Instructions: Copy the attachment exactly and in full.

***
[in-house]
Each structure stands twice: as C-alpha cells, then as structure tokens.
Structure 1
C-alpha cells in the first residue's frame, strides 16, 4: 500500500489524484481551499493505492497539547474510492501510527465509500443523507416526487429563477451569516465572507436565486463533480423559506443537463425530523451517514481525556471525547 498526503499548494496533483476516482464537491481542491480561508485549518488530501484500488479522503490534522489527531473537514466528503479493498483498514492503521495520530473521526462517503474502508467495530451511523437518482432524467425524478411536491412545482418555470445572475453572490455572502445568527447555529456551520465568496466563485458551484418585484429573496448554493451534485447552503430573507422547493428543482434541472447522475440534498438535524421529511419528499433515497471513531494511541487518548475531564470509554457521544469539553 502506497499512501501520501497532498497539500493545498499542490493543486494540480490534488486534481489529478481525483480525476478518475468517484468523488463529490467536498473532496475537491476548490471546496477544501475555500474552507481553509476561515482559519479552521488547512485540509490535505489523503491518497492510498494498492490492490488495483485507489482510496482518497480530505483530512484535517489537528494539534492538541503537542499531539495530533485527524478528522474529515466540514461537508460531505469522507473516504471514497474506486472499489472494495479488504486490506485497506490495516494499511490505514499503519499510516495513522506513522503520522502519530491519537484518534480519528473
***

[in-house]
Each structure stands twice: as C-alpha cells, then as structure tokens.
Structure 1
C-alpha cells in the first residue's frame, strides 16, 4: 500500500489524484481551499493505492497539547474510492501510527465509500443523507416526487429563477451569516465572507436565486463533480423559506443537463425530523451517514481525556471525547 498526503499548494496533483476516482464537491481542491480561508485549518488530501484500488479522503490534522489527531473537514466528503479493498483498514492503521495520530473521526462517503474502508467495530451511523437518482432524467425524478411536491412545482418555470445572475453572490455572502445568527447555529456551520465568496466563485458551484418585484429573496448554493451534485447552503430573507422547493428543482434541472447522475440534498438535524421529511419528499433515497471513531494511541487518548475531564470509554457521544469539553 502506497499512501501520501497532498497539500493545498499542490493543486494540480490534488486534481489529478481525483480525476478518475468517484468523488463529490467536498473532496475537491476548490471546496477544501475555500474552507481553509476561515482559519479552521488547512485540509490535505489523503491518497492510498494498492490492490488495483485507489482510496482518497480530505483530512484535517489537528494539534492538541503537542499531539495530533485527524478528522474529515466540514461537508460531505469522507473516504471514497474506486472499489472494495479488504486490506485497506490495516494499511490505514499503519499510516495513522506513522503520522502519530491519537484518534480519528473